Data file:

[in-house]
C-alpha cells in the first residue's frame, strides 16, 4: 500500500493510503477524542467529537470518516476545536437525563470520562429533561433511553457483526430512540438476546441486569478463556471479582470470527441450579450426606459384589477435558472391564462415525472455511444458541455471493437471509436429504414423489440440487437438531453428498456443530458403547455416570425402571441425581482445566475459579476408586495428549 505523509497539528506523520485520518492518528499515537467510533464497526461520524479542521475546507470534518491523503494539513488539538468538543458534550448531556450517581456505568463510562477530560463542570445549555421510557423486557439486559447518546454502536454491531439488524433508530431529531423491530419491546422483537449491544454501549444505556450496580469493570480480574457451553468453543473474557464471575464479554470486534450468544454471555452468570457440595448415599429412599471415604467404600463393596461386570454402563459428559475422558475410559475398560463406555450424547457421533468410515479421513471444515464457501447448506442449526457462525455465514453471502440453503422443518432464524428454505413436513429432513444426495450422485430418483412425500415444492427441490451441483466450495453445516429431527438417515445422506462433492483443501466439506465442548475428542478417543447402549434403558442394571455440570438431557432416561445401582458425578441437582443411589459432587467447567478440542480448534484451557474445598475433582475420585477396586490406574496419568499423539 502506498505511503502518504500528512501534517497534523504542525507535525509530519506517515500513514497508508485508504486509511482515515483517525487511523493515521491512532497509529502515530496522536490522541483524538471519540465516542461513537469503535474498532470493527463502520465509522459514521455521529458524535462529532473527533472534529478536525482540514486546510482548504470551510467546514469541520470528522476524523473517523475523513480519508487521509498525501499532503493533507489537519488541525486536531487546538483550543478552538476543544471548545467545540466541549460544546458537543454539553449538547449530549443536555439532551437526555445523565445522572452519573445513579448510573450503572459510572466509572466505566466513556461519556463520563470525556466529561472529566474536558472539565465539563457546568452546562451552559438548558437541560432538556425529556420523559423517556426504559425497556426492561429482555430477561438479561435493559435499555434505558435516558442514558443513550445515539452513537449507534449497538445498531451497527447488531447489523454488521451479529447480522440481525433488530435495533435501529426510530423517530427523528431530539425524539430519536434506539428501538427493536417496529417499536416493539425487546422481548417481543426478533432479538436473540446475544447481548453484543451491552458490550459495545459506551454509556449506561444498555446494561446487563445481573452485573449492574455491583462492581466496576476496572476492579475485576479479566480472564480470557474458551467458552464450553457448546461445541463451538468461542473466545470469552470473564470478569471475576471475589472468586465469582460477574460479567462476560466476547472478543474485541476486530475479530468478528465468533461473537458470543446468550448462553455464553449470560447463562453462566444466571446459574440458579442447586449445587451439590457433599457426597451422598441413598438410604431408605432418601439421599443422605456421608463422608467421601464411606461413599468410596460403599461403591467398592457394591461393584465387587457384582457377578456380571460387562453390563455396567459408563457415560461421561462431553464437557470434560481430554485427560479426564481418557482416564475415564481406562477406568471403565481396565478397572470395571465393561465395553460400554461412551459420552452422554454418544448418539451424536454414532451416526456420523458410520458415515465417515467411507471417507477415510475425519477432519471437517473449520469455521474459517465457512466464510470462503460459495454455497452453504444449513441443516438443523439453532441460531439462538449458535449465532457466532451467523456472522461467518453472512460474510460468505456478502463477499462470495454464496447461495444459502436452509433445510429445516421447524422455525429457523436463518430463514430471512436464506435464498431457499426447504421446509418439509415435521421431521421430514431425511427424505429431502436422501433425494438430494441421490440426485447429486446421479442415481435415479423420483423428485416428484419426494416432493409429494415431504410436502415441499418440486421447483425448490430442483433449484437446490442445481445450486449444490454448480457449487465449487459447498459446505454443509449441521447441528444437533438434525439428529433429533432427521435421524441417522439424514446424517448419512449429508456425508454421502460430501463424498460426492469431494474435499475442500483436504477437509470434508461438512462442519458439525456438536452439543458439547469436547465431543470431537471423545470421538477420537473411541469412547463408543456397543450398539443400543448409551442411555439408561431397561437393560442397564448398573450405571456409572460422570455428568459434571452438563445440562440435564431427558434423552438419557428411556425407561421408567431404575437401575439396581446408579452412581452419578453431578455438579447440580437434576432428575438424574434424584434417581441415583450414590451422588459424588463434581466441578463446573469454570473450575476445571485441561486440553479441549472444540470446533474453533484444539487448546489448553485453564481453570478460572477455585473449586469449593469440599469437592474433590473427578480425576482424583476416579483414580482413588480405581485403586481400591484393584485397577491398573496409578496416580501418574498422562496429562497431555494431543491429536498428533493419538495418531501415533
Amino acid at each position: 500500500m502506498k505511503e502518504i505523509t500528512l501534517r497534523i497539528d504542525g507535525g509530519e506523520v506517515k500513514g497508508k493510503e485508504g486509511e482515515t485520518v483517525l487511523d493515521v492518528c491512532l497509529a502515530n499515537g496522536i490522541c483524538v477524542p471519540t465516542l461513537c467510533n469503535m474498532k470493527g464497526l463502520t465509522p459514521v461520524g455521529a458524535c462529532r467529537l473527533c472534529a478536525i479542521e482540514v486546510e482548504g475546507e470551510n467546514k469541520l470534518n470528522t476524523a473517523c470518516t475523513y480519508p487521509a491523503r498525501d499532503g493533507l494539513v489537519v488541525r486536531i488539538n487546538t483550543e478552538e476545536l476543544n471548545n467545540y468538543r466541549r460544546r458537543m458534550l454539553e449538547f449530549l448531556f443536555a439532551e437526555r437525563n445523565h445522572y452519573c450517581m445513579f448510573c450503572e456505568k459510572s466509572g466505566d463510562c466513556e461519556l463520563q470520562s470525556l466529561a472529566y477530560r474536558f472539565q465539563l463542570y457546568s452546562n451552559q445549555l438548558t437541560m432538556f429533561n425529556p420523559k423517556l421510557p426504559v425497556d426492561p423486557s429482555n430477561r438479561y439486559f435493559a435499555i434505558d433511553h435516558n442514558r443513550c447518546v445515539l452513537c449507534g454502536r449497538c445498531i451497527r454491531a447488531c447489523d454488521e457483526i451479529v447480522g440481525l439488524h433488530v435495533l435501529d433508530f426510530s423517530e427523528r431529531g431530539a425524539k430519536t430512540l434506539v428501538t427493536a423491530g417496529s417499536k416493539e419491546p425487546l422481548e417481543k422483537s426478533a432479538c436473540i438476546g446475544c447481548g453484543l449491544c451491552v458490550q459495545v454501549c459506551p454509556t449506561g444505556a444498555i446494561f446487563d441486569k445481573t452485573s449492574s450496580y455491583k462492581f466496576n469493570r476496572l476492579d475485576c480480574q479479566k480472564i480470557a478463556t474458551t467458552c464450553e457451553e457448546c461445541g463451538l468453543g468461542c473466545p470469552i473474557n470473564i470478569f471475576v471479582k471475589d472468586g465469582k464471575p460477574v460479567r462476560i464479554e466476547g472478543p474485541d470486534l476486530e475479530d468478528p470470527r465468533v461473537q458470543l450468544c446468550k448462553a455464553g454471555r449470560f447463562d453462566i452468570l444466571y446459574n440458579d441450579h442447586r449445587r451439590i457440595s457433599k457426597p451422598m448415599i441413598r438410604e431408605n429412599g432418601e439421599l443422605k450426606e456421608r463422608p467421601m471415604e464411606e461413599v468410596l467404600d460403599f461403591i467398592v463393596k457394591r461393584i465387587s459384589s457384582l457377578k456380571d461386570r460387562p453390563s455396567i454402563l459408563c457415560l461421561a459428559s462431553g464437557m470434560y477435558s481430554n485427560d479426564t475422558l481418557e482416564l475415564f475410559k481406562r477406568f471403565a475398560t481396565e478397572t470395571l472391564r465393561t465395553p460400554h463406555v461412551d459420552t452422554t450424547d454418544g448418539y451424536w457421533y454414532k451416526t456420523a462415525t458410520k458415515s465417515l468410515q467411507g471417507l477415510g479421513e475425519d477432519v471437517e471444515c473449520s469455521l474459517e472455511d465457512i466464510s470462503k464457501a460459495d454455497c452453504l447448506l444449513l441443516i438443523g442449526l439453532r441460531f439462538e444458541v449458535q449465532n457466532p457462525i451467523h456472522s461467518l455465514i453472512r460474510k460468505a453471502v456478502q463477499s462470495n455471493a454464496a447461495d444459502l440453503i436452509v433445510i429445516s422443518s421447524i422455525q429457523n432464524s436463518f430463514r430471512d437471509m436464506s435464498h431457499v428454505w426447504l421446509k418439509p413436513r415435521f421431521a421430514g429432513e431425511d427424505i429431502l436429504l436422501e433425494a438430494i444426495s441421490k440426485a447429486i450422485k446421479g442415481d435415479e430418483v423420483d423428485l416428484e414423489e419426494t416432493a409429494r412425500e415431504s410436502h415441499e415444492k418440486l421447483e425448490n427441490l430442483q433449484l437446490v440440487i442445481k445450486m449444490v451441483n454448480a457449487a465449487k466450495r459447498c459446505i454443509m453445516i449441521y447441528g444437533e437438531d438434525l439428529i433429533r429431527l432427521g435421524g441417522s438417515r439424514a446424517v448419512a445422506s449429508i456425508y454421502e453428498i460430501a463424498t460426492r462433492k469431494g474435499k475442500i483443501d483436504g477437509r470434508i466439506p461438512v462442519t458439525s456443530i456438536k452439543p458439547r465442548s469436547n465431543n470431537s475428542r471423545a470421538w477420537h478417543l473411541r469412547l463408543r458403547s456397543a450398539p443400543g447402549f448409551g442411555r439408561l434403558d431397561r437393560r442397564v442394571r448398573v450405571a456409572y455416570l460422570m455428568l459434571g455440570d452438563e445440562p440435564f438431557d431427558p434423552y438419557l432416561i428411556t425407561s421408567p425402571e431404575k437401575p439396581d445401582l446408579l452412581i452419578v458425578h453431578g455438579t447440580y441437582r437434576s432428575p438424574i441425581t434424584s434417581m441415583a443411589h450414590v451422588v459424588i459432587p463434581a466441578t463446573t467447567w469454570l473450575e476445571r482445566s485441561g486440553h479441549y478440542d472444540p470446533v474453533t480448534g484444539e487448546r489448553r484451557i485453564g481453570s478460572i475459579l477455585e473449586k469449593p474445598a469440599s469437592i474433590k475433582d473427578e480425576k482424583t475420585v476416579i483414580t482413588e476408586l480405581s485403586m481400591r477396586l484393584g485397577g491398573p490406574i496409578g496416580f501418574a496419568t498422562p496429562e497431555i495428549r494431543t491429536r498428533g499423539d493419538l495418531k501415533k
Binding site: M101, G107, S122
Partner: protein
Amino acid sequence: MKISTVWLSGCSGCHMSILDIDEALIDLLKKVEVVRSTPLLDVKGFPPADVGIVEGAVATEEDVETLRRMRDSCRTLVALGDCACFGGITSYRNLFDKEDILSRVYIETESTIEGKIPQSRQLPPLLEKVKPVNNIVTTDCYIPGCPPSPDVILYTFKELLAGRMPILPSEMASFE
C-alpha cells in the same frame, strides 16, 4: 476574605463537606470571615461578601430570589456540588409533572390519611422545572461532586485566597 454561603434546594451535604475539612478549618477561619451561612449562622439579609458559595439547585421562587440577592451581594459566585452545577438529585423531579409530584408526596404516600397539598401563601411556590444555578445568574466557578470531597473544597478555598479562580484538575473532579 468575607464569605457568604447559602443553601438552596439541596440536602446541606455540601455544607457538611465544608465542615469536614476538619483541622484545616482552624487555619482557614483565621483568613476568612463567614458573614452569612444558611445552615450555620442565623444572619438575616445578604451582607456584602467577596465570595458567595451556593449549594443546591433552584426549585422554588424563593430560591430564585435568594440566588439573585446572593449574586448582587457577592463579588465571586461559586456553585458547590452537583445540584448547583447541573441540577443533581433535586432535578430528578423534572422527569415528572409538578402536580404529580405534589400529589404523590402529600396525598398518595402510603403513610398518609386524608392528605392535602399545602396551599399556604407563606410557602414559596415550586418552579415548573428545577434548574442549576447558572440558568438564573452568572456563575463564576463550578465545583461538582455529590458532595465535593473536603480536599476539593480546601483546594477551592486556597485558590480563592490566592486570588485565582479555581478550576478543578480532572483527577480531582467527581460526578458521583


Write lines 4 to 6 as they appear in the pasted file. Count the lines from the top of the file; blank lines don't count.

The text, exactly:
Binding site: M101, G107, S122
Partner: protein
Amino acid sequence: MKISTVWLSGCSGCHMSILDIDEALIDLLKKVEVVRSTPLLDVKGFPPADVGIVEGAVATEEDVETLRRMRDSCRTLVALGDCACFGGITSYRNLFDKEDILSRVYIETESTIEGKIPQSRQLPPLLEKVKPVNNIVTTDCYIPGCPPSPDVILYTFKELLAGRMPILPSEMASFE